During the meeting, Minister of National Economy Alibek Kuantyrov highlighted the state’s ongoing efforts to enhance business conditions, reduce administrative burdens, and stimulate the business sector.
The “Business Road Map” (BRM) and “Economics of Simple Things” (EPW) programs, known for subsidizing interest rates on loans, remain popular tools. Last year, over 12,000 projects were subsidized for a loan amount of around 1 trillion tenge, with guarantees provided for 8,000 projects worth 340 billion tenge.
Non-financial support included training for over 10,000 entrepreneurs and consultations for more than 166,000 individuals. This year’s budget allocates funds to support 40,000 ongoing and 20,000 new SME projects.
The newly developed program combines state support measures, unifying the DKB and EPV programs. Emphasizing the development of competitive industries, the program will gradually transition from subsidies to guarantee instruments. The guaranteed loan amount has increased to 3.5 billion tenge (guarantees up to 50%), aiming to address the main challenge of businesses lacking collateral.
Chairman of the Presidium of the National Chamber Raimbek Batalov reported on the SME support and development work carried out through the NCE Atameken.
Prime Minister Alikhan Smailov emphasized the government’s extensive efforts to support domestic entrepreneurs, leading to an increase in the share of small and medium-sized businesses in the country’s GDP to 36.5%. The ongoing regulatory reforms, including the “clean slate” initiative, have streamlined business incentive measures. Smailov noted the exclusion of 9,000 unnecessary requirements, with a remaining 1,000 to be addressed through legislation.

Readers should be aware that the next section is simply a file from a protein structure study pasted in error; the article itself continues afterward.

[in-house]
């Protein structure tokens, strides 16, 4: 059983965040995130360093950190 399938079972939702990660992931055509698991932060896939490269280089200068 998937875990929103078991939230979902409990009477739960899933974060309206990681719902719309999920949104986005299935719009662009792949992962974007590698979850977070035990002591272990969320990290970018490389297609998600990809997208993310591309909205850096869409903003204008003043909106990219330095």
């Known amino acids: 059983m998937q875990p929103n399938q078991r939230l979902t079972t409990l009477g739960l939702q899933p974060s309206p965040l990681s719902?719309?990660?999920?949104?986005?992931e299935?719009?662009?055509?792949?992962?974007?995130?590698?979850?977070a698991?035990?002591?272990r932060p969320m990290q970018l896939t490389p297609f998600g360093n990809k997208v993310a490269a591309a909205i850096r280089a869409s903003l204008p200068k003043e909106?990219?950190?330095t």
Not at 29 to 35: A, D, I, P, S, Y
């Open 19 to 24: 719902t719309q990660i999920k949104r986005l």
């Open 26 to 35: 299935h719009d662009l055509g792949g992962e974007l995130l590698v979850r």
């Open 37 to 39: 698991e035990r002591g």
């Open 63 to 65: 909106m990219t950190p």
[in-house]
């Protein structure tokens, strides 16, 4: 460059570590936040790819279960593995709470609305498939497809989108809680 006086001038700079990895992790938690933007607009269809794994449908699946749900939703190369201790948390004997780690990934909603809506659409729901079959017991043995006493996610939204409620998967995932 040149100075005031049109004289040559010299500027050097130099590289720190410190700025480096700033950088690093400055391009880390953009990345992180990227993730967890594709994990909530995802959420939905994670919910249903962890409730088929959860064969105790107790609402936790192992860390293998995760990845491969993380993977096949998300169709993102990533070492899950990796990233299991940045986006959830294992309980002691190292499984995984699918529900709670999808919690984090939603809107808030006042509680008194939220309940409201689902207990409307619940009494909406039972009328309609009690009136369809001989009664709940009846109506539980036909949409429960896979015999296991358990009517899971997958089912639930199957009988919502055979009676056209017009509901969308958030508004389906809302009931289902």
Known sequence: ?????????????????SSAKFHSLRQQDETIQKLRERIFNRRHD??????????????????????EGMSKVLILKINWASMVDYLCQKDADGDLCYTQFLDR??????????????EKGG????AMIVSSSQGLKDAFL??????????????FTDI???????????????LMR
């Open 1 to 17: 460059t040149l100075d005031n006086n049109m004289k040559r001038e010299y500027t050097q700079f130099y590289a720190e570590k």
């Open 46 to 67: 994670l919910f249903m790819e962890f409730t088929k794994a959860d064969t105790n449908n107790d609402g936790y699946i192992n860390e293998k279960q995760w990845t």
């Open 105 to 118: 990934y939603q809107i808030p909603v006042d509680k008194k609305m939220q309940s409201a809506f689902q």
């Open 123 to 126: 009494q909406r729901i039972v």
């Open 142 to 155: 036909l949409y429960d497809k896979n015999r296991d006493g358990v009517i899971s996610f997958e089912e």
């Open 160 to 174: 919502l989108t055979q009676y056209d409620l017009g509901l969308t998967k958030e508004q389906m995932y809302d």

To further reduce the administrative burden, an automated risk management system has been introduced this year, aiming to decrease scheduled business inspections and legal actions against entrepreneurs. Tax incentives, such as the introduction of a 4% retail tax regime and a reduced financial burden for micro and small businesses, have been implemented.
While acknowledging progress, Prime Minister Smailov highlighted remaining challenges, such as the need for akimats to address growing infrastructure needs for businesses. The emphasis was placed on transitioning to a service model of taxation to provide more support for businesses. Additionally, the Prime Minister instructed the Ministry of National Economy to review approaches to the administration of value-added tax and expedite the development of regulations to stimulate new projects in the manufacturing industry.